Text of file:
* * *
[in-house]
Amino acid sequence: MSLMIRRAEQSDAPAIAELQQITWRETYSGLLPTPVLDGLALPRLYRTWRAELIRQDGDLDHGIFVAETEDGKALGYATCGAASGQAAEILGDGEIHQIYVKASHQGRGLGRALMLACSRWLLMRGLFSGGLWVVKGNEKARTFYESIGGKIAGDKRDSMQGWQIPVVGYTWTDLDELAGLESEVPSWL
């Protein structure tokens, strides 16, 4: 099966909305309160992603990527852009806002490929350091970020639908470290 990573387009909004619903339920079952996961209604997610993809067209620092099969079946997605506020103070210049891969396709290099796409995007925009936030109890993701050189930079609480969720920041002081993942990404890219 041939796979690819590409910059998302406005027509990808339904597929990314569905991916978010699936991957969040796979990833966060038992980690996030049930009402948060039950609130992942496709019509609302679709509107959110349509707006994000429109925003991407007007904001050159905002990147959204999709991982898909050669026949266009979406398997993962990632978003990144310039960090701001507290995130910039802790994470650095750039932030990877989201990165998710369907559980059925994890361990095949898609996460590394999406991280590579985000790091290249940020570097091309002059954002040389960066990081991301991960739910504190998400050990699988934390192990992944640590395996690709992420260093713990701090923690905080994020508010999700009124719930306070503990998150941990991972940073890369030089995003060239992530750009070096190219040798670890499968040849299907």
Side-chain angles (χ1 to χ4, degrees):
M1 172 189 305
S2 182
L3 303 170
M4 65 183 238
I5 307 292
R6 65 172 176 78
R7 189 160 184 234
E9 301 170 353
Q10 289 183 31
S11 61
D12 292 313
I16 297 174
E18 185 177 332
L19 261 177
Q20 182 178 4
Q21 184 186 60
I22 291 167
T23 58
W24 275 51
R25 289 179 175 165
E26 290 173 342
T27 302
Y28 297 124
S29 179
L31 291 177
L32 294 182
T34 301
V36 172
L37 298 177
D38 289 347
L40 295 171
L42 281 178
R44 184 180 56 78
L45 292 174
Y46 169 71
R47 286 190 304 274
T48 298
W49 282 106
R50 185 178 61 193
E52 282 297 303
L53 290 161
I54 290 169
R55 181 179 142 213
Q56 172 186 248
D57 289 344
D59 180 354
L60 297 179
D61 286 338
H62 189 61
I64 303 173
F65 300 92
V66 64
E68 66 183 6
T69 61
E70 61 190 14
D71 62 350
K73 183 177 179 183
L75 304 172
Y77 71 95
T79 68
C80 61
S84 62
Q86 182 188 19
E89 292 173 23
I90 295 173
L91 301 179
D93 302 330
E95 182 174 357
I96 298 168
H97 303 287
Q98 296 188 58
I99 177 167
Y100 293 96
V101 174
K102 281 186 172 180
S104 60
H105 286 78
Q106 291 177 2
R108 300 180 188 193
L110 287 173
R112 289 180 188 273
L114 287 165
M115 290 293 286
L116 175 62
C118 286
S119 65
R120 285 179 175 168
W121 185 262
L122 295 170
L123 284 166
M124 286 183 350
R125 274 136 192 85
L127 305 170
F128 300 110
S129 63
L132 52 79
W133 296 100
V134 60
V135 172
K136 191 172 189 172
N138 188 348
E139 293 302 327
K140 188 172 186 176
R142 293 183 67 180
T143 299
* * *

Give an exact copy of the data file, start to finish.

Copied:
[in-house]
Amino acid sequence: MSLMIRRAEQSDAPAIAELQQITWRETYSGLLPTPVLDGLALPRLYRTWRAELIRQDGDLDHGIFVAETEDGKALGYATCGAASGQAAEILGDGEIHQIYVKASHQGRGLGRALMLACSRWLLMRGLFSGGLWVVKGNEKARTFYESIGGKIAGDKRDSMQGWQIPVVGYTWTDLDELAGLESEVPSWL
């Protein structure tokens, strides 16, 4: 099966909305309160992603990527852009806002490929350091970020639908470290 990573387009909004619903339920079952996961209604997610993809067209620092099969079946997605506020103070210049891969396709290099796409995007925009936030109890993701050189930079609480969720920041002081993942990404890219 041939796979690819590409910059998302406005027509990808339904597929990314569905991916978010699936991957969040796979990833966060038992980690996030049930009402948060039950609130992942496709019509609302679709509107959110349509707006994000429109925003991407007007904001050159905002990147959204999709991982898909050669026949266009979406398997993962990632978003990144310039960090701001507290995130910039802790994470650095750039932030990877989201990165998710369907559980059925994890361990095949898609996460590394999406991280590579985000790091290249940020570097091309002059954002040389960066990081991301991960739910504190998400050990699988934390192990992944640590395996690709992420260093713990701090923690905080994020508010999700009124719930306070503990998150941990991972940073890369030089995003060239992530750009070096190219040798670890499968040849299907």
Side-chain angles (χ1 to χ4, degrees):
M1 172 189 305
S2 182
L3 303 170
M4 65 183 238
I5 307 292
R6 65 172 176 78
R7 189 160 184 234
E9 301 170 353
Q10 289 183 31
S11 61
D12 292 313
I16 297 174
E18 185 177 332
L19 261 177
Q20 182 178 4
Q21 184 186 60
I22 291 167
T23 58
W24 275 51
R25 289 179 175 165
E26 290 173 342
T27 302
Y28 297 124
S29 179
L31 291 177
L32 294 182
T34 301
V36 172
L37 298 177
D38 289 347
L40 295 171
L42 281 178
R44 184 180 56 78
L45 292 174
Y46 169 71
R47 286 190 304 274
T48 298
W49 282 106
R50 185 178 61 193
E52 282 297 303
L53 290 161
I54 290 169
R55 181 179 142 213
Q56 172 186 248
D57 289 344
D59 180 354
L60 297 179
D61 286 338
H62 189 61
I64 303 173
F65 300 92
V66 64
E68 66 183 6
T69 61
E70 61 190 14
D71 62 350
K73 183 177 179 183
L75 304 172
Y77 71 95
T79 68
C80 61
S84 62
Q86 182 188 19
E89 292 173 23
I90 295 173
L91 301 179
D93 302 330
E95 182 174 357
I96 298 168
H97 303 287
Q98 296 188 58
I99 177 167
Y100 293 96
V101 174
K102 281 186 172 180
S104 60
H105 286 78
Q106 291 177 2
R108 300 180 188 193
L110 287 173
R112 289 180 188 273
L114 287 165
M115 290 293 286
L116 175 62
C118 286
S119 65
R120 285 179 175 168
W121 185 262
L122 295 170
L123 284 166
M124 286 183 350
R125 274 136 192 85
L127 305 170
F128 300 110
S129 63
L132 52 79
W133 296 100
V134 60
V135 172
K136 191 172 189 172
N138 188 348
E139 293 302 327
K140 188 172 186 176
R142 293 183 67 180
T143 299